Deliveries of Tesla's brand-new Model S electric sedan begin in the US this month, and buyers opting for the largest battery pack can add "cross-country adventure" to their roadtrip to-do list.
While the entry-level Model S lists an already impressive driving range of 250km from one charge of its battery pack, the American carmaker says you'll get around 480km if you go for the high-grade variant.
This week, the US Environmental Protection Agency (EPA) has released its own figures for the Model S, confirming a 265-mile range - 465 kilometres.
The department's mileage-measuring system is known as MPGe, which compares the distance a vehicle will drive on electric power to the equivalent energy in a gallon (3.78 litres) of petrol.
The US$77,400 top-shelf Model S variant, with its large 85kWh battery pack, gets an 89 MPGe rating. The US$57,400 entry-level model's 250km range is courtesy of a still large 40kWh battery pack.
By comparison, Nissan's all-electric Leaf carries a smaller 24kWh battery pack (contributing to the car's lower purchase price), and offers a driving range of up to 170 kilometres.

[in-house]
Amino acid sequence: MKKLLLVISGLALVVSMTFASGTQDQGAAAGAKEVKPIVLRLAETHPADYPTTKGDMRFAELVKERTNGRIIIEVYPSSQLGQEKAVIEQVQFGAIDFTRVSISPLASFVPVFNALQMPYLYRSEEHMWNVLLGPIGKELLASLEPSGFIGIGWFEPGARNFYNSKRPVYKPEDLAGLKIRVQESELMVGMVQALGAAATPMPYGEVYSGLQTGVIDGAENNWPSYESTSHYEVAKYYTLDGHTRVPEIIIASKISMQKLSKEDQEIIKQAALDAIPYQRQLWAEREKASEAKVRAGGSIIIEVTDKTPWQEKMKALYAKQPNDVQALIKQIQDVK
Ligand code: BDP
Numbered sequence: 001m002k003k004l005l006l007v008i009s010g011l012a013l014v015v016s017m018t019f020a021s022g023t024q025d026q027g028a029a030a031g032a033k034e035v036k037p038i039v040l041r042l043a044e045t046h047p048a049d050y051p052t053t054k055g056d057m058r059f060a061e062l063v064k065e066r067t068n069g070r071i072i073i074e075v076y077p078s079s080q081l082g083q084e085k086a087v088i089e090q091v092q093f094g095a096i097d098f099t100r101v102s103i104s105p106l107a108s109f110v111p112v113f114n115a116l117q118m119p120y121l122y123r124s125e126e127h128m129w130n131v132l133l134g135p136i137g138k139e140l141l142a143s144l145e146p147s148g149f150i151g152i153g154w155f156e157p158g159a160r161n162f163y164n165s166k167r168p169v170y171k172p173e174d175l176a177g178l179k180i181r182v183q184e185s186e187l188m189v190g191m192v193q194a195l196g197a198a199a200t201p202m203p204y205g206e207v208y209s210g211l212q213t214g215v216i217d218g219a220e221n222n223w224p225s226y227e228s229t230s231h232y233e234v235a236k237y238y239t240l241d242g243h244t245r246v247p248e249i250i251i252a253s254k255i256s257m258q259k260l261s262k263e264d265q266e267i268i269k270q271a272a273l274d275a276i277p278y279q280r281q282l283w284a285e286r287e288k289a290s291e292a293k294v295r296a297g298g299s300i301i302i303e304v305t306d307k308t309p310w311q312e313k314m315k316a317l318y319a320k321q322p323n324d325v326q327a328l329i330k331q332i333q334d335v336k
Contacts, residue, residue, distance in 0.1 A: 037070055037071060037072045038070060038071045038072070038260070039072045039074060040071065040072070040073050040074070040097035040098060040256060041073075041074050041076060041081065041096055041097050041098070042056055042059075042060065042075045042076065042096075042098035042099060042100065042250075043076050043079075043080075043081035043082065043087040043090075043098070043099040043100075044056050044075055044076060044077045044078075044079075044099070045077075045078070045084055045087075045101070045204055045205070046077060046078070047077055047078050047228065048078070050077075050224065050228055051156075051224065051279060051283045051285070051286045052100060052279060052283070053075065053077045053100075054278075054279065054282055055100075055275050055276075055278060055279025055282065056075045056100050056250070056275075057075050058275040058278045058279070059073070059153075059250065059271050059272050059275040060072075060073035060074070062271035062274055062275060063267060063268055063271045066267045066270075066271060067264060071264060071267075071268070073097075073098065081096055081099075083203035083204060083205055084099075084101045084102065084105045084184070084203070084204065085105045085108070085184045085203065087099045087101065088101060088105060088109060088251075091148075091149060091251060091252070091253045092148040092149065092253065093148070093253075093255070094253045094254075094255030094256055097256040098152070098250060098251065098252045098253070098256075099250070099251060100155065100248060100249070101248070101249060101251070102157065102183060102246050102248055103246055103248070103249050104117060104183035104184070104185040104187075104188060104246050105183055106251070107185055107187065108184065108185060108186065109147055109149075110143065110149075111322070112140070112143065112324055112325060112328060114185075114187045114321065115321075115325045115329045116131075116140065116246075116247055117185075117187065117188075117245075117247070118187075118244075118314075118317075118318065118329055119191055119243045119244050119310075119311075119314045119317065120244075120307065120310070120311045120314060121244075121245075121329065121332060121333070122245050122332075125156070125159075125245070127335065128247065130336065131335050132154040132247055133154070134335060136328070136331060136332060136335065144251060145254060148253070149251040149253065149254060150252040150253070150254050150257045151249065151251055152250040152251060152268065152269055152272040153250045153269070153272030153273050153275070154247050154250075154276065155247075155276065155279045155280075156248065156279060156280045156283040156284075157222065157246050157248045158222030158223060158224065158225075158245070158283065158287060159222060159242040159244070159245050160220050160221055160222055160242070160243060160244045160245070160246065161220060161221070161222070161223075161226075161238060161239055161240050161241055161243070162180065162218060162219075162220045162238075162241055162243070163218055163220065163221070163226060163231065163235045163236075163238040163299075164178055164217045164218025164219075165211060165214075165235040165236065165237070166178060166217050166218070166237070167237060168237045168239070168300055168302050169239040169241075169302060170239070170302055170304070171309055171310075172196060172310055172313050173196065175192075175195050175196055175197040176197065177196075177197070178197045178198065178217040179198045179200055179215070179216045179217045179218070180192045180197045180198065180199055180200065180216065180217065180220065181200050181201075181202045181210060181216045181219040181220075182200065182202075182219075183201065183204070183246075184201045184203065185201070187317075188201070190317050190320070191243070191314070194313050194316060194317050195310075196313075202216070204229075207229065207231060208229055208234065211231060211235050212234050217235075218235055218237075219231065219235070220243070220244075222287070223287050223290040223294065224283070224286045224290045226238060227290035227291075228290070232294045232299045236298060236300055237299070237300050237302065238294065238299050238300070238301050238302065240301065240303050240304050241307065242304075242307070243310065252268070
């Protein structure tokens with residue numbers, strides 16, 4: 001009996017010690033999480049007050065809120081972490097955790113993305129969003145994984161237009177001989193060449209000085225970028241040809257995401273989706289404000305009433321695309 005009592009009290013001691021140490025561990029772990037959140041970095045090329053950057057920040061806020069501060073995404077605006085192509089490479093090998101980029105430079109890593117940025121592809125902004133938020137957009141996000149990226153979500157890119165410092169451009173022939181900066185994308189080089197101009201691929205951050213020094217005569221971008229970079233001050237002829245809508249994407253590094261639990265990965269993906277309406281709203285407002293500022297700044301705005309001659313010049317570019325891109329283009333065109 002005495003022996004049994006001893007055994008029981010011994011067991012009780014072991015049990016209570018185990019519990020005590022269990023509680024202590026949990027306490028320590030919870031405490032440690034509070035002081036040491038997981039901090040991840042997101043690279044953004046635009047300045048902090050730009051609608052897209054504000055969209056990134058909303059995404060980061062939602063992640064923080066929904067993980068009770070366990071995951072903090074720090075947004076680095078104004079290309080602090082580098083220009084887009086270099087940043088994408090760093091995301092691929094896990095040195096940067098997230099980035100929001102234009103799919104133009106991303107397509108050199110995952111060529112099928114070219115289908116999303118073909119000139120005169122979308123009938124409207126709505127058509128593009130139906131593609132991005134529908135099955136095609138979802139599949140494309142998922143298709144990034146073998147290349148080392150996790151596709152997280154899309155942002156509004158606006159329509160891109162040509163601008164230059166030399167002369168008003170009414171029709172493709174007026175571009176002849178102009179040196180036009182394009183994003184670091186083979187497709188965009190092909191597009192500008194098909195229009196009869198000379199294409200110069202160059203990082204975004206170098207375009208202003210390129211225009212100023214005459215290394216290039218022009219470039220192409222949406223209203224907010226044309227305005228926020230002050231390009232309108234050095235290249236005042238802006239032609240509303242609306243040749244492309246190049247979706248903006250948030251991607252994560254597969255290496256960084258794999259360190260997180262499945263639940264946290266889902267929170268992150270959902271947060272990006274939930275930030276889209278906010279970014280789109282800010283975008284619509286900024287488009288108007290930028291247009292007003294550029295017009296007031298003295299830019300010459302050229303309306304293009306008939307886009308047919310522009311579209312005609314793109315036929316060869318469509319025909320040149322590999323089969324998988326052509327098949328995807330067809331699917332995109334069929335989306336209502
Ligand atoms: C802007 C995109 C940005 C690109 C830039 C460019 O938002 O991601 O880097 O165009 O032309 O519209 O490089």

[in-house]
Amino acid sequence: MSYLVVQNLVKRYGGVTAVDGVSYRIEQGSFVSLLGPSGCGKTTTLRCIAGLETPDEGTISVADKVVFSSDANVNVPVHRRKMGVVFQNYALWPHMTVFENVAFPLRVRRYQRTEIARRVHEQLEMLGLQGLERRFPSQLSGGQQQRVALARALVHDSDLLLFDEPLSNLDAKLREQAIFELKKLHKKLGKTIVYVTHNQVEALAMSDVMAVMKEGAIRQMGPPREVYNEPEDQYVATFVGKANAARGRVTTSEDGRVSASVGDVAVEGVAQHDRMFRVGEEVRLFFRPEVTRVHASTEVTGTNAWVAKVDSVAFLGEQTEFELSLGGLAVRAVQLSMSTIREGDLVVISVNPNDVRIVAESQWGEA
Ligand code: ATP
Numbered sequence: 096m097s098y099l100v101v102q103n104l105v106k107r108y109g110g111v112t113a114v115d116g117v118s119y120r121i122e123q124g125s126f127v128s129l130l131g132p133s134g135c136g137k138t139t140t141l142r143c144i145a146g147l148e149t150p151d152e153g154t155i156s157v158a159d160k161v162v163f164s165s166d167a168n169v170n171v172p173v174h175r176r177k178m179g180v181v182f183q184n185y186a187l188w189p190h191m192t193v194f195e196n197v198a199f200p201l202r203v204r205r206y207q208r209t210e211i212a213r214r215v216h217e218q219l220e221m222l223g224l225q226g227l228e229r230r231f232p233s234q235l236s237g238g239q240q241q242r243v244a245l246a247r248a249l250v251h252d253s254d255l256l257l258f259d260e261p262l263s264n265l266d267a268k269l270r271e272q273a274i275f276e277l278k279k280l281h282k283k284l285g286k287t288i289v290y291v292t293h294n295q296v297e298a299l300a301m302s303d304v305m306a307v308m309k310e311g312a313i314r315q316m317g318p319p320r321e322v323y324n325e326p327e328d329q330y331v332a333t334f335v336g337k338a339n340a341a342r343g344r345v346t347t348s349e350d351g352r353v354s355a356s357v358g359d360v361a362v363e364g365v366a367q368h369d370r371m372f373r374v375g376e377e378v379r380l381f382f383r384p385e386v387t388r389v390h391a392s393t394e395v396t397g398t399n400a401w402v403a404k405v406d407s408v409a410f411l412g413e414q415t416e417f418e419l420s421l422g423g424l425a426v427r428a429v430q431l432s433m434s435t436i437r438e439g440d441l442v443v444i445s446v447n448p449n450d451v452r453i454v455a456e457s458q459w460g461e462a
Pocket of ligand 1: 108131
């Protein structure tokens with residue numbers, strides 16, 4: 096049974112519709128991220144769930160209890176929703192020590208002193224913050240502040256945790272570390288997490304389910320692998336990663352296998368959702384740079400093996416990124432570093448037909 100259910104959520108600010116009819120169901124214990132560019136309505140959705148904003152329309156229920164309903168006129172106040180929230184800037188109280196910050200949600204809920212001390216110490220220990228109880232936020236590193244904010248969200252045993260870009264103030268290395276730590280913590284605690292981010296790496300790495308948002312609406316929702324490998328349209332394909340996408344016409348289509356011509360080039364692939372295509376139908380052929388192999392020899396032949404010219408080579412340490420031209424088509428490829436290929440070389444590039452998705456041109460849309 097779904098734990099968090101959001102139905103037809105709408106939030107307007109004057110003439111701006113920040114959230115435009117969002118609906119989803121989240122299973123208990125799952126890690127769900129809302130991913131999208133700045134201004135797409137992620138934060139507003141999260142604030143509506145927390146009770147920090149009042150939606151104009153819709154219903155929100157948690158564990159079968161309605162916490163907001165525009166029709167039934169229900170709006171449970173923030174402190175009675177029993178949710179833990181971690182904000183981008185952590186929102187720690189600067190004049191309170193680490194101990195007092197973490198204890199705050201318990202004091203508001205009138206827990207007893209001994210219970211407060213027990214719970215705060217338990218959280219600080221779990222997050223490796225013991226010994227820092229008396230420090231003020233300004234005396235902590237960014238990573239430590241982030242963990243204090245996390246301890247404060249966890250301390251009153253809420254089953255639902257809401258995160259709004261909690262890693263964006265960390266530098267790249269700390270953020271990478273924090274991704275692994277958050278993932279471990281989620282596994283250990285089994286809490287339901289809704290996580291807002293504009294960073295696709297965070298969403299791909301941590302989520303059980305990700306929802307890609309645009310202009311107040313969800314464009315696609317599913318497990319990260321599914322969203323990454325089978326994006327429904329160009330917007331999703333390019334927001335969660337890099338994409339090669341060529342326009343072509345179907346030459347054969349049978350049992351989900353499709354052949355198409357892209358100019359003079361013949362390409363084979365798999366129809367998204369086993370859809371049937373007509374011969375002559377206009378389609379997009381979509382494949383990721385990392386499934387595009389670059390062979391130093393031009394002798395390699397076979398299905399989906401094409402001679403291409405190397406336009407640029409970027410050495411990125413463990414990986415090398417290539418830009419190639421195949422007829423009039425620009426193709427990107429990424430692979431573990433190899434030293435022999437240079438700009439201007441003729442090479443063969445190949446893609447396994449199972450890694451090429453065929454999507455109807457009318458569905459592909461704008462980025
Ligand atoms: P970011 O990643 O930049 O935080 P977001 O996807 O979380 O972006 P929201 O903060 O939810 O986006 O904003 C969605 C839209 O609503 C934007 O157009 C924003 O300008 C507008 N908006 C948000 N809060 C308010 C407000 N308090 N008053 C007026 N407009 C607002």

Ford's Focus Electric offers similar performance, with its 23kWh battery pack leading to a driving range of 150km from a single charge.
While the Focus Electric is not available in Australia (and is not expected in its current form), Nissan's Leaf is available now at $51,500.
Tesla Australia's Jay McCormack has confirmed with TMR that the Model S will arrive in mid-2013, with pricing and specifications to be confirmed closer to launch.
In the US, the Model S starts at US$57,400, excluding a $7500 federal government tax incentive. Australian prices are expected to be in-line with the premium luxury sedan segment.
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